SOCIAL MEDIA KILLED A BLOGGING STAR – I have written about this briefly myself, when after 9 year break I returned to blogging: blogging is dead, certainly the political blogging is. The golden age in the early to mid 2000s, during which the original Chrenkoff blog flourished, is a distant memory; The Daily Chrenk has returned to a completely different online landscape. What happened?

In this long but insightful piece, John Hawkins, who was part of that golden age with his Right Wing News (and continued for a long time afterwards), largely blames the social media:

Back in 2001 when I started Right Wing News (which is now a vanity website after it went out of business at the start of the year), the media landscape was entirely different. The Internet advertising market was too soft to interest big corporations; social media was a non-factor and many of the biggest conservative websites today didn’t exist.

What that meant was that if you were good, you could build an audience just doing 3-4 posts a day and you had a lot more fun doing it to boot. Back then, think tanks flew bloggers out to conferences; bloggers actually broke some big stories and we wrote about whatever we found interesting. It all went well enough for me that I was able to go full time in 2005.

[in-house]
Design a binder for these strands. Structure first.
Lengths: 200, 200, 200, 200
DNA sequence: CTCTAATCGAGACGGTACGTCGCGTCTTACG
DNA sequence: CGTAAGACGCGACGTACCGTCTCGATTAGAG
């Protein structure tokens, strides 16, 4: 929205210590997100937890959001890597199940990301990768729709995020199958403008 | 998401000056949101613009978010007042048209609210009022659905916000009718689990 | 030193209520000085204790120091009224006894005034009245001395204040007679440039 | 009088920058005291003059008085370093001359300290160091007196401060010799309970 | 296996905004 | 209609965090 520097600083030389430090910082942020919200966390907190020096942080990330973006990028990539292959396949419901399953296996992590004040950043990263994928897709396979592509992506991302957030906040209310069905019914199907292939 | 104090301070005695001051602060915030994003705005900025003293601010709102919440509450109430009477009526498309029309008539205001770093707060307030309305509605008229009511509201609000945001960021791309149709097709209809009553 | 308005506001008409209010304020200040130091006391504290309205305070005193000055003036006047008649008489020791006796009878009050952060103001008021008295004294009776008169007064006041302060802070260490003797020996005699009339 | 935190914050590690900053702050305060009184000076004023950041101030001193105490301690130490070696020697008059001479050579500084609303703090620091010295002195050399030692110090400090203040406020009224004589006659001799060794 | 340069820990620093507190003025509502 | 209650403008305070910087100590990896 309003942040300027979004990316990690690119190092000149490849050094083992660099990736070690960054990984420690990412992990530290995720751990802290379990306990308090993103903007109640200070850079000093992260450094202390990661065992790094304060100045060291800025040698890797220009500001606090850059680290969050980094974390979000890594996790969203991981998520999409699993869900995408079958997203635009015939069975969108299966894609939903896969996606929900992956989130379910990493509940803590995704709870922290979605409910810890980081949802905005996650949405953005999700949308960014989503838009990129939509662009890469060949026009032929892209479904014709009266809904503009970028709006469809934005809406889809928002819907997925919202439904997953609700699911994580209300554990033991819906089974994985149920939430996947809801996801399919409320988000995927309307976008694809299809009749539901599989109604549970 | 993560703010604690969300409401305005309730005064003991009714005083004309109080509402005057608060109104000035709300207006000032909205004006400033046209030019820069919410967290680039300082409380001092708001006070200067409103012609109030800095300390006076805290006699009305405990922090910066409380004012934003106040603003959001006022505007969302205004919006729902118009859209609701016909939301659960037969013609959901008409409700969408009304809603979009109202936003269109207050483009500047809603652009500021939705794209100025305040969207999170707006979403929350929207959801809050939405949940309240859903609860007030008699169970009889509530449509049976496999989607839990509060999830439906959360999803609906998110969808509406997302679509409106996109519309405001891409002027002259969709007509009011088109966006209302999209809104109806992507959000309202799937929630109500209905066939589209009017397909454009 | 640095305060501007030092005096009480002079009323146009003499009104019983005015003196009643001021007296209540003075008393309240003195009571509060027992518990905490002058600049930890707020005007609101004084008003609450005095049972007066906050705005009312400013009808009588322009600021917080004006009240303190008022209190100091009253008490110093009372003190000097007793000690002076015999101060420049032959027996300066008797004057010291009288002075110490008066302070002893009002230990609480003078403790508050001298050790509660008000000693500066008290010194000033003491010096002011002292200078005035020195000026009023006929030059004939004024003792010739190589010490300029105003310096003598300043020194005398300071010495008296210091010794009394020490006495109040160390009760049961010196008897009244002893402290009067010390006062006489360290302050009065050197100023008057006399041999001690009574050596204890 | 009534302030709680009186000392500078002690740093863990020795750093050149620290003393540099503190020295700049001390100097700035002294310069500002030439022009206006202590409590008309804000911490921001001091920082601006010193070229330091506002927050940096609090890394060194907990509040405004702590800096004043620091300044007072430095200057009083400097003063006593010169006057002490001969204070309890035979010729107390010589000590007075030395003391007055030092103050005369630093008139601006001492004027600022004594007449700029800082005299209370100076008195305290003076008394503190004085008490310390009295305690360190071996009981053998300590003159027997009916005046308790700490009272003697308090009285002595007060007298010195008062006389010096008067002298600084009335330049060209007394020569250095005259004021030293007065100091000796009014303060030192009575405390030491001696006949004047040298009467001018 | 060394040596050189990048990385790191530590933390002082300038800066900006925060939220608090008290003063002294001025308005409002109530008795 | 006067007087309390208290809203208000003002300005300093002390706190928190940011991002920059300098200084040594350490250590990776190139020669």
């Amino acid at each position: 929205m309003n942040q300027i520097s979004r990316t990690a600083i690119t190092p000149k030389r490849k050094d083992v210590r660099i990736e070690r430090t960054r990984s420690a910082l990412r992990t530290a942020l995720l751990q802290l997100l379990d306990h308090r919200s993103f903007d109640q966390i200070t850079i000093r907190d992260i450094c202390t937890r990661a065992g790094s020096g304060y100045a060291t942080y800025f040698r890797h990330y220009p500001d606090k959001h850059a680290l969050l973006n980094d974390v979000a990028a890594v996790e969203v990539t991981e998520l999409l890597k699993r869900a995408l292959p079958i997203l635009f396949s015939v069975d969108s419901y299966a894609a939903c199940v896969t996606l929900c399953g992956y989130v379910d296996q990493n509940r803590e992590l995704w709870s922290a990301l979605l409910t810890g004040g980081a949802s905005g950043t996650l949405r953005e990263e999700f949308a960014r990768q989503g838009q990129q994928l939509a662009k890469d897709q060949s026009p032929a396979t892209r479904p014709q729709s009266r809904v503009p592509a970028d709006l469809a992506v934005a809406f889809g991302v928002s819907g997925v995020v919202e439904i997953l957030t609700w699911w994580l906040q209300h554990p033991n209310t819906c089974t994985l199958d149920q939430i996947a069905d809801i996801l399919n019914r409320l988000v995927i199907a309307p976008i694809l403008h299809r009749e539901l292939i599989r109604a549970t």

After a few years of that, things started to change for me and for other bloggers for two reasons.

Since John titles his article “Confessions of a Clickbait Guru: 5 Ways Social Media is Destroying Journalism and Politics”, all I can say is “you won’t believe what happened next”, so read on. But he is certainly correct that in a social media-driven post-blog world we ended up with more dumbing down and polarisation – and yes, fake news; I’m seeing this every day, including on The Daily Chrenk. It’s not happening in the pursuit of money, because there is none to be had anymore (not that there ever was much to start with), but the ever elusive eyeballs. It’s not the reputation and blogging networks that can do it for you any more; the traffic to your blog is overwhelmingly coming from the social media. Facebook’s and Twitter’s mysterious algorithms can make you and they can certainly break you. And let’s not even start on the topic of the conscious and unconscious anti-conservative bias amongst those who run and operate the big platforms – the censorship, the shadow banning, demonetisation.

Blogging is still fun, but not nearly as much as it once used to be.